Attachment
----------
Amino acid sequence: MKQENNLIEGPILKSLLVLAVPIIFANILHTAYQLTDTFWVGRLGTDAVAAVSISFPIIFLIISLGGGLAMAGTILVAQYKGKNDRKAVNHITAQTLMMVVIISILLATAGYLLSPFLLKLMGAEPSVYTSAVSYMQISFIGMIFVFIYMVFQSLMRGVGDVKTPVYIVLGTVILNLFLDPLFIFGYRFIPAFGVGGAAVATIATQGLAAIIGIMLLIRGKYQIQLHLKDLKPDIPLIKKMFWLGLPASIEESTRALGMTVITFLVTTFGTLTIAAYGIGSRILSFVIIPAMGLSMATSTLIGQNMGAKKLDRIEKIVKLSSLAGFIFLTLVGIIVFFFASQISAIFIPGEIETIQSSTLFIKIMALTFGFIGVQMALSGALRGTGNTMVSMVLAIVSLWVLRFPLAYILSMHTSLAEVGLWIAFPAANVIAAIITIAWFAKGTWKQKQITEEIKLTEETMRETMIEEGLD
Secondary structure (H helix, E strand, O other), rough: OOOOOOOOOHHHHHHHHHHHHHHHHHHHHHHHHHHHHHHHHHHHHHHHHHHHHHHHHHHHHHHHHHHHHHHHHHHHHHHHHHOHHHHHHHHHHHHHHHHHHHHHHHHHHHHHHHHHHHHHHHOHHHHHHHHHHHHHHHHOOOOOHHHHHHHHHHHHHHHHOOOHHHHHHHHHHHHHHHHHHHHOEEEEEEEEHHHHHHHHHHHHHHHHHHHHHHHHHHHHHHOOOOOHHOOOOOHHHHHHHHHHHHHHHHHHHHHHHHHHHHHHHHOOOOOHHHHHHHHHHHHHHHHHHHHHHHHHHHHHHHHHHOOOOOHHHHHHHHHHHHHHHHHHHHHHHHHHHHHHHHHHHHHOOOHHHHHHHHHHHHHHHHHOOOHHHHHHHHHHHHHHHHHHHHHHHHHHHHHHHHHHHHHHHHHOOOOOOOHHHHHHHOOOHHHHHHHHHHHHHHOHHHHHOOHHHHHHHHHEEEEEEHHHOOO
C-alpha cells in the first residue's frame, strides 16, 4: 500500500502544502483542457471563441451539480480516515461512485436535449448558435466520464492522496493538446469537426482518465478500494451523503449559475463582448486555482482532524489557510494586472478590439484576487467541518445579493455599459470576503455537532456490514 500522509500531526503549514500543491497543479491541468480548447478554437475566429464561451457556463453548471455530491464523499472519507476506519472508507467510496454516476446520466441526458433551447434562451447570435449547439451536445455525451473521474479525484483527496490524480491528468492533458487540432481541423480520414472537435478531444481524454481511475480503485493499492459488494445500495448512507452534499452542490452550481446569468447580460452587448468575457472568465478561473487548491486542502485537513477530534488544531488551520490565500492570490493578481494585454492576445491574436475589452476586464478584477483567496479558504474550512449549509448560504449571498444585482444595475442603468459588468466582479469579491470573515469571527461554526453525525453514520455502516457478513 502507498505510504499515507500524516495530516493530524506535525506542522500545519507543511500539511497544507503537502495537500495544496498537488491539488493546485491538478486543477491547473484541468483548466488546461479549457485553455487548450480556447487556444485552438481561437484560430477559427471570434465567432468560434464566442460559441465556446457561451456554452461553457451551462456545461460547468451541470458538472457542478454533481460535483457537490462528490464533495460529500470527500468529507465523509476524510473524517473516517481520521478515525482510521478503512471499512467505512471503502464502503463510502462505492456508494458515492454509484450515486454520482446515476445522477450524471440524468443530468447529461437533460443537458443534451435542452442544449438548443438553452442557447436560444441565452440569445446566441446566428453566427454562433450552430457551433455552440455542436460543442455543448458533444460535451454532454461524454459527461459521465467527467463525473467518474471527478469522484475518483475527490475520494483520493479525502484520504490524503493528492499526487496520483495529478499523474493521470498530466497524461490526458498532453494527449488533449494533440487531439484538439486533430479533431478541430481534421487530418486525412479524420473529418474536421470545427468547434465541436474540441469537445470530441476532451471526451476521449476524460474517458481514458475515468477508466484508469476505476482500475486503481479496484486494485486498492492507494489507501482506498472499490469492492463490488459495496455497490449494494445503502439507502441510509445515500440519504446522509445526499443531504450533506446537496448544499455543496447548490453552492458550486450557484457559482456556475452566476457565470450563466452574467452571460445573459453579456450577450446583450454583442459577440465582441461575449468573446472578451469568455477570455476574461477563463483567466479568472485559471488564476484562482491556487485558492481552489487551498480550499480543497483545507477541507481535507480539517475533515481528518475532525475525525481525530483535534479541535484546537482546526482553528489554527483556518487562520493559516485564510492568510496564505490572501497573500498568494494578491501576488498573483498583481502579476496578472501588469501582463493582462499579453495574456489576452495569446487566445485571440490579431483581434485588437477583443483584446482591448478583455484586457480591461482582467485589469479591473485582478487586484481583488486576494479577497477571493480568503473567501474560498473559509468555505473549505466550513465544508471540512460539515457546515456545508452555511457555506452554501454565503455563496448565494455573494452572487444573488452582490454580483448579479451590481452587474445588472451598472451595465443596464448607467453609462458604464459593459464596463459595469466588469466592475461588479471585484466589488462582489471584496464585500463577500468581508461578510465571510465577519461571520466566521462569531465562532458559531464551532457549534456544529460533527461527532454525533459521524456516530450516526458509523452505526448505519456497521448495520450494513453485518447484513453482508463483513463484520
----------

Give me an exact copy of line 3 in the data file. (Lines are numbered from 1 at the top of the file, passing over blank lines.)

C-alpha cells in the first residue's frame, strides 16, 4: 500500500502544502483542457471563441451539480480516515461512485436535449448558435466520464492522496493538446469537426482518465478500494451523503449559475463582448486555482482532524489557510494586472478590439484576487467541518445579493455599459470576503455537532456490514 500522509500531526503549514500543491497543479491541468480548447478554437475566429464561451457556463453548471455530491464523499472519507476506519472508507467510496454516476446520466441526458433551447434562451447570435449547439451536445455525451473521474479525484483527496490524480491528468492533458487540432481541423480520414472537435478531444481524454481511475480503485493499492459488494445500495448512507452534499452542490452550481446569468447580460452587448468575457472568465478561473487548491486542502485537513477530534488544531488551520490565500492570490493578481494585454492576445491574436475589452476586464478584477483567496479558504474550512449549509448560504449571498444585482444595475442603468459588468466582479469579491470573515469571527461554526453525525453514520455502516457478513 502507498505510504499515507500524516495530516493530524506535525506542522500545519507543511500539511497544507503537502495537500495544496498537488491539488493546485491538478486543477491547473484541468483548466488546461479549457485553455487548450480556447487556444485552438481561437484560430477559427471570434465567432468560434464566442460559441465556446457561451456554452461553457451551462456545461460547468451541470458538472457542478454533481460535483457537490462528490464533495460529500470527500468529507465523509476524510473524517473516517481520521478515525482510521478503512471499512467505512471503502464502503463510502462505492456508494458515492454509484450515486454520482446515476445522477450524471440524468443530468447529461437533460443537458443534451435542452442544449438548443438553452442557447436560444441565452440569445446566441446566428453566427454562433450552430457551433455552440455542436460543442455543448458533444460535451454532454461524454459527461459521465467527467463525473467518474471527478469522484475518483475527490475520494483520493479525502484520504490524503493528492499526487496520483495529478499523474493521470498530466497524461490526458498532453494527449488533449494533440487531439484538439486533430479533431478541430481534421487530418486525412479524420473529418474536421470545427468547434465541436474540441469537445470530441476532451471526451476521449476524460474517458481514458475515468477508466484508469476505476482500475486503481479496484486494485486498492492507494489507501482506498472499490469492492463490488459495496455497490449494494445503502439507502441510509445515500440519504446522509445526499443531504450533506446537496448544499455543496447548490453552492458550486450557484457559482456556475452566476457565470450563466452574467452571460445573459453579456450577450446583450454583442459577440465582441461575449468573446472578451469568455477570455476574461477563463483567466479568472485559471488564476484562482491556487485558492481552489487551498480550499480543497483545507477541507481535507480539517475533515481528518475532525475525525481525530483535534479541535484546537482546526482553528489554527483556518487562520493559516485564510492568510496564505490572501497573500498568494494578491501576488498573483498583481502579476496578472501588469501582463493582462499579453495574456489576452495569446487566445485571440490579431483581434485588437477583443483584446482591448478583455484586457480591461482582467485589469479591473485582478487586484481583488486576494479577497477571493480568503473567501474560498473559509468555505473549505466550513465544508471540512460539515457546515456545508452555511457555506452554501454565503455563496448565494455573494452572487444573488452582490454580483448579479451590481452587474445588472451598472451595465443596464448607467453609462458604464459593459464596463459595469466588469466592475461588479471585484466589488462582489471584496464585500463577500468581508461578510465571510465577519461571520466566521462569531465562532458559531464551532457549534456544529460533527461527532454525533459521524456516530450516526458509523452505526448505519456497521448495520450494513453485518447484513453482508463483513463484520